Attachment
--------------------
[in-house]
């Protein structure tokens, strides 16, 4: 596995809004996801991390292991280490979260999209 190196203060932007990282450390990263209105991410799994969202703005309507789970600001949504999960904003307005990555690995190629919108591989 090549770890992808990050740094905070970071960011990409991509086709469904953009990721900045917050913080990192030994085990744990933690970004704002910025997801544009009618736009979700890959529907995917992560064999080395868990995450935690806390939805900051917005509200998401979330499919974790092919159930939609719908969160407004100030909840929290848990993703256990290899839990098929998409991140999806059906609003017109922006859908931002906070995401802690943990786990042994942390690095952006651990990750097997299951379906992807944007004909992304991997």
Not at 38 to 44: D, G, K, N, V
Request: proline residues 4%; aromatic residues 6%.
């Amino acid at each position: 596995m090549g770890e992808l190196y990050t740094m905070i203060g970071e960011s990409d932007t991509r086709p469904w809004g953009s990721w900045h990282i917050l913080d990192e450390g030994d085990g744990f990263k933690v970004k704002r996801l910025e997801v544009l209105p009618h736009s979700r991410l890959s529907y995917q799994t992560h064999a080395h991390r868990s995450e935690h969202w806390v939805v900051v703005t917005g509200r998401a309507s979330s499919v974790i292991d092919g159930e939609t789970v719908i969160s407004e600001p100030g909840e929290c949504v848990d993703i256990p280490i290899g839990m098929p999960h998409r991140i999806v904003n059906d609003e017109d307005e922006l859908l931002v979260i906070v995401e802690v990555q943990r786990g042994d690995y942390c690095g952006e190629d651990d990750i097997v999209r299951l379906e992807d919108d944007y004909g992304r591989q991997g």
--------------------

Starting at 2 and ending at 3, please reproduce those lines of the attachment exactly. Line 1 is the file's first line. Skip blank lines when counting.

């Protein structure tokens, strides 16, 4: 596995809004996801991390292991280490979260999209 190196203060932007990282450390990263209105991410799994969202703005309507789970600001949504999960904003307005990555690995190629919108591989 090549770890992808990050740094905070970071960011990409991509086709469904953009990721900045917050913080990192030994085990744990933690970004704002910025997801544009009618736009979700890959529907995917992560064999080395868990995450935690806390939805900051917005509200998401979330499919974790092919159930939609719908969160407004100030909840929290848990993703256990290899839990098929998409991140999806059906609003017109922006859908931002906070995401802690943990786990042994942390690095952006651990990750097997299951379906992807944007004909992304991997």
Not at 38 to 44: D, G, K, N, V